Developer Jeffrey N. Cohen, who had requested $5 million in District-sponsored bonds to renovate several vacant properties in Shaw, has asked for an additional $4 million to convert the properties to office space.
Cohen and the Manhattan Laundry Limited Partnership originally sought the revenue bonds to finance the renovation of three adjacent vacant buildings in the 1300 block of Florida Avenue NW and use them for storage space for up to five years. But Cohen said he became convinced that the property could be leased as office space before renovation work begins and revised the bond application to the city.
District Cablevision Limited Partnership, which was awarded the city's 15-year cable television franchise, may become one of the chief tenants in the new building, Cohen said.
"We're aware of District Cablevision's need for office and warehouse space and that that space is to be located in either Ward 1 or Ward 8," said Cohen. "We'll do all we can to attract them." The laundry building is in Ward 1.
If the city authorizes the issuance and sale of revenue bonds to finance the project, Cohen said, the office space could be leased at a competitive price, about $12 a square foot compared with much higher prices in downtown. He also said banks would be more willing to buy the bonds if the company had tenants committed to lease the space.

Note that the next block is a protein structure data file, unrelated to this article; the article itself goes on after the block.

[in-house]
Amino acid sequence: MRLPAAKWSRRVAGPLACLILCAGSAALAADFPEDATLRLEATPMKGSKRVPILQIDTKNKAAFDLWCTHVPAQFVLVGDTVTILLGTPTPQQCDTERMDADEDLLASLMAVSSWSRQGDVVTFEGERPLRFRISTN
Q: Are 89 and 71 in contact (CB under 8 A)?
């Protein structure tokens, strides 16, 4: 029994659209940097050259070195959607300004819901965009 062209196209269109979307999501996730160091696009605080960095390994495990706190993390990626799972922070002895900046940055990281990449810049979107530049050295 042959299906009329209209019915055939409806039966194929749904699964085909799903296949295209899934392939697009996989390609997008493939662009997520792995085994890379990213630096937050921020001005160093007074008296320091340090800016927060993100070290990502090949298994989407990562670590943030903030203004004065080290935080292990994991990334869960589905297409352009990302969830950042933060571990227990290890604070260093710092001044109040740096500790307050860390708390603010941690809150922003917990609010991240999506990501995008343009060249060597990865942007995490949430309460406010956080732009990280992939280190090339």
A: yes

Last November, the D.C. City Council adopted a resolution indicating its intent to approve the $5 million in bonds. However, final council approval is still pending. A spokesman for the city's Office of Business and Economic Development said the revised bond application was under review and might be sent to the City Council later this month.
The office complex is one of several redevelopment projects designed to spur major changes in the run-down Shaw neighborhood.
Last year, the city acquired the Manhattan Laundry and several other Shaw properties from Cohen in a complicated $12.5 million deal. Under the agreement, a nonprofit group will lease properties from the city and sublet them to Cohen for development.
The additional properties include the former site of Children's Hospital, the Lincoln Theatre and the former Thompson's Dairy site.